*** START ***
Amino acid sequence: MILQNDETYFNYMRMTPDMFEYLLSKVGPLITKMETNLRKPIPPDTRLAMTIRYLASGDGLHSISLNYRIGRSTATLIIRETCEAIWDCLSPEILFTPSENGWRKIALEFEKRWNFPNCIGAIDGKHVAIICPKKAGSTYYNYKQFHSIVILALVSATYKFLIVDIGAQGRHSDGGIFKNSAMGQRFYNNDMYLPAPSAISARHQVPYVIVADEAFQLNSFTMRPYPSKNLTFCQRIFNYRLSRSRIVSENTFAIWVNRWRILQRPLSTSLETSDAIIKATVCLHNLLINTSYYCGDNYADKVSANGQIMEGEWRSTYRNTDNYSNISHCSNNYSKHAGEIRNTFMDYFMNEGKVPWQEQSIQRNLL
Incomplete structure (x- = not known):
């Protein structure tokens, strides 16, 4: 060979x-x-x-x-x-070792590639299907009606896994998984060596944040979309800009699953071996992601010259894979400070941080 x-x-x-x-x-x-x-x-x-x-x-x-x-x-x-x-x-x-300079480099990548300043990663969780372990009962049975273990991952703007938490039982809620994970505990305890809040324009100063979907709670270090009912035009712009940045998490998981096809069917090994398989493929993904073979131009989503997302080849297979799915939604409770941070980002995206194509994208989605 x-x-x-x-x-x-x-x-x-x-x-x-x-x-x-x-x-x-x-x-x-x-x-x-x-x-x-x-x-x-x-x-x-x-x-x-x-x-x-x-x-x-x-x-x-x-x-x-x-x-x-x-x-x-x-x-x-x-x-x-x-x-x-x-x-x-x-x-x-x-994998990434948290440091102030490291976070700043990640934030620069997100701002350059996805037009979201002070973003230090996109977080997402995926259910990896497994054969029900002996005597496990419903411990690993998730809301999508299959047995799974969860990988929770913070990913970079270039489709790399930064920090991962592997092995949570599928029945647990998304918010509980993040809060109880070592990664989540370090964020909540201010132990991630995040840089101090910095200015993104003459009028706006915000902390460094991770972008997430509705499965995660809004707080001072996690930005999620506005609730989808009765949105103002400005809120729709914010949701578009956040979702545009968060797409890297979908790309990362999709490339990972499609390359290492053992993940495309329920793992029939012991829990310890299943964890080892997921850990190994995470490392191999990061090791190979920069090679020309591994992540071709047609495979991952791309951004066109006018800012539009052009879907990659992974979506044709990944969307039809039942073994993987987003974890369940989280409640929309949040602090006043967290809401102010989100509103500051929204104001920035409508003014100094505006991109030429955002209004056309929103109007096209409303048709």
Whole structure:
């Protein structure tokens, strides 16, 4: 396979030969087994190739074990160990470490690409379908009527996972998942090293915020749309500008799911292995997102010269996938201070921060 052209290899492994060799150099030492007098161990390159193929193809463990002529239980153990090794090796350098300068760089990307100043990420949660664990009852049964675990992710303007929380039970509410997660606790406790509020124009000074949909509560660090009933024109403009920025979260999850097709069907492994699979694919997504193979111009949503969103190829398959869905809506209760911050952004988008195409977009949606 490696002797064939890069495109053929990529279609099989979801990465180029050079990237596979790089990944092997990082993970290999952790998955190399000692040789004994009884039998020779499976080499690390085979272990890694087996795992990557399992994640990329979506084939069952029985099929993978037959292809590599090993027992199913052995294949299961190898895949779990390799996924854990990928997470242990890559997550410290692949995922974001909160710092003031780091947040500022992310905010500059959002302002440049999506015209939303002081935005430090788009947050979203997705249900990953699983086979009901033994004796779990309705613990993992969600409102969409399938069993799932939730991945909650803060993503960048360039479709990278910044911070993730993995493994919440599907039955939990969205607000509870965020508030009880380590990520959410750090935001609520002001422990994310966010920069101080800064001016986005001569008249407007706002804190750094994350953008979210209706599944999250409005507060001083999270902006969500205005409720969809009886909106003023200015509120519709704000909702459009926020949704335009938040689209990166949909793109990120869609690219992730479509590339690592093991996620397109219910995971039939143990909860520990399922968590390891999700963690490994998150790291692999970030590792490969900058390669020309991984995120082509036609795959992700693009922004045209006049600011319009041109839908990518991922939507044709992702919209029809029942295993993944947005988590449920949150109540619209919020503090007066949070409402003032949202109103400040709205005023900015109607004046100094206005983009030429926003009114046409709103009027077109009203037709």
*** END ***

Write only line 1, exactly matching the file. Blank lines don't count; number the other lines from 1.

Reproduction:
Amino acid sequence: MILQNDETYFNYMRMTPDMFEYLLSKVGPLITKMETNLRKPIPPDTRLAMTIRYLASGDGLHSISLNYRIGRSTATLIIRETCEAIWDCLSPEILFTPSENGWRKIALEFEKRWNFPNCIGAIDGKHVAIICPKKAGSTYYNYKQFHSIVILALVSATYKFLIVDIGAQGRHSDGGIFKNSAMGQRFYNNDMYLPAPSAISARHQVPYVIVADEAFQLNSFTMRPYPSKNLTFCQRIFNYRLSRSRIVSENTFAIWVNRWRILQRPLSTSLETSDAIIKATVCLHNLLINTSYYCGDNYADKVSANGQIMEGEWRSTYRNTDNYSNISHCSNNYSKHAGEIRNTFMDYFMNEGKVPWQEQSIQRNLL